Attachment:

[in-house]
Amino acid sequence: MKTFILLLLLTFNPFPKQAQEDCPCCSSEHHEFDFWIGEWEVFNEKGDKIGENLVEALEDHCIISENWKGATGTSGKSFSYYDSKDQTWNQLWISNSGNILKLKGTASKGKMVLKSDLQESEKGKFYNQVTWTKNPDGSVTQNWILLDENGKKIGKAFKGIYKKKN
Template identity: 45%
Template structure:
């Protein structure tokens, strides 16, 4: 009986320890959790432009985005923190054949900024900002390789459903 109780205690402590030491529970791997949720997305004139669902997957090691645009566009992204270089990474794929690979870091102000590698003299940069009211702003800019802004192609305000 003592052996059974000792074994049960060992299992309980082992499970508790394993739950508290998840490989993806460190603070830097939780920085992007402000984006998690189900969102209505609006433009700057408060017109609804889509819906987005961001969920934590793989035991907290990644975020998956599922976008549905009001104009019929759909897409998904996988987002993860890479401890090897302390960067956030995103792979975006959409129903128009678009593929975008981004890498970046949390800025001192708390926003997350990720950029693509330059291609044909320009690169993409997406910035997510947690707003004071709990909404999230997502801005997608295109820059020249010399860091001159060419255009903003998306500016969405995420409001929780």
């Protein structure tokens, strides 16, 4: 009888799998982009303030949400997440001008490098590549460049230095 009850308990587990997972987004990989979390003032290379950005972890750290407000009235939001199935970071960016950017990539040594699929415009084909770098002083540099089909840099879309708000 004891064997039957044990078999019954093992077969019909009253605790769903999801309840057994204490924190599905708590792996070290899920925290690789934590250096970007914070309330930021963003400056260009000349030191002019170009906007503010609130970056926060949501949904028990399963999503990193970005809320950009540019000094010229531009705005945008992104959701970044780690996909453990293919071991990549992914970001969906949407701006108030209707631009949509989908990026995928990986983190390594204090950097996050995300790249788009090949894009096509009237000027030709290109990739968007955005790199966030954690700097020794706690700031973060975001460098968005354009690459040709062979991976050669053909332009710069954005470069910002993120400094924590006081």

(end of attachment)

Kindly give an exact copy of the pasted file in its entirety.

[in-house]
Amino acid sequence: MKTFILLLLLTFNPFPKQAQEDCPCCSSEHHEFDFWIGEWEVFNEKGDKIGENLVEALEDHCIISENWKGATGTSGKSFSYYDSKDQTWNQLWISNSGNILKLKGTASKGKMVLKSDLQESEKGKFYNQVTWTKNPDGSVTQNWILLDENGKKIGKAFKGIYKKKN
Template identity: 45%
Template structure:
């Protein structure tokens, strides 16, 4: 009986320890959790432009985005923190054949900024900002390789459903 109780205690402590030491529970791997949720997305004139669902997957090691645009566009992204270089990474794929690979870091102000590698003299940069009211702003800019802004192609305000 003592052996059974000792074994049960060992299992309980082992499970508790394993739950508290998840490989993806460190603070830097939780920085992007402000984006998690189900969102209505609006433009700057408060017109609804889509819906987005961001969920934590793989035991907290990644975020998956599922976008549905009001104009019929759909897409998904996988987002993860890479401890090897302390960067956030995103792979975006959409129903128009678009593929975008981004890498970046949390800025001192708390926003997350990720950029693509330059291609044909320009690169993409997406910035997510947690707003004071709990909404999230997502801005997608295109820059020249010399860091001159060419255009903003998306500016969405995420409001929780």
């Protein structure tokens, strides 16, 4: 009888799998982009303030949400997440001008490098590549460049230095 009850308990587990997972987004990989979390003032290379950005972890750290407000009235939001199935970071960016950017990539040594699929415009084909770098002083540099089909840099879309708000 004891064997039957044990078999019954093992077969019909009253605790769903999801309840057994204490924190599905708590792996070290899920925290690789934590250096970007914070309330930021963003400056260009000349030191002019170009906007503010609130970056926060949501949904028990399963999503990193970005809320950009540019000094010229531009705005945008992104959701970044780690996909453990293919071991990549992914970001969906949407701006108030209707631009949509989908990026995928990986983190390594204090950097996050995300790249788009090949894009096509009237000027030709290109990739968007955005790199966030954690700097020794706690700031973060975001460098968005354009690459040709062979991976050669053909332009710069954005470069910002993120400094924590006081």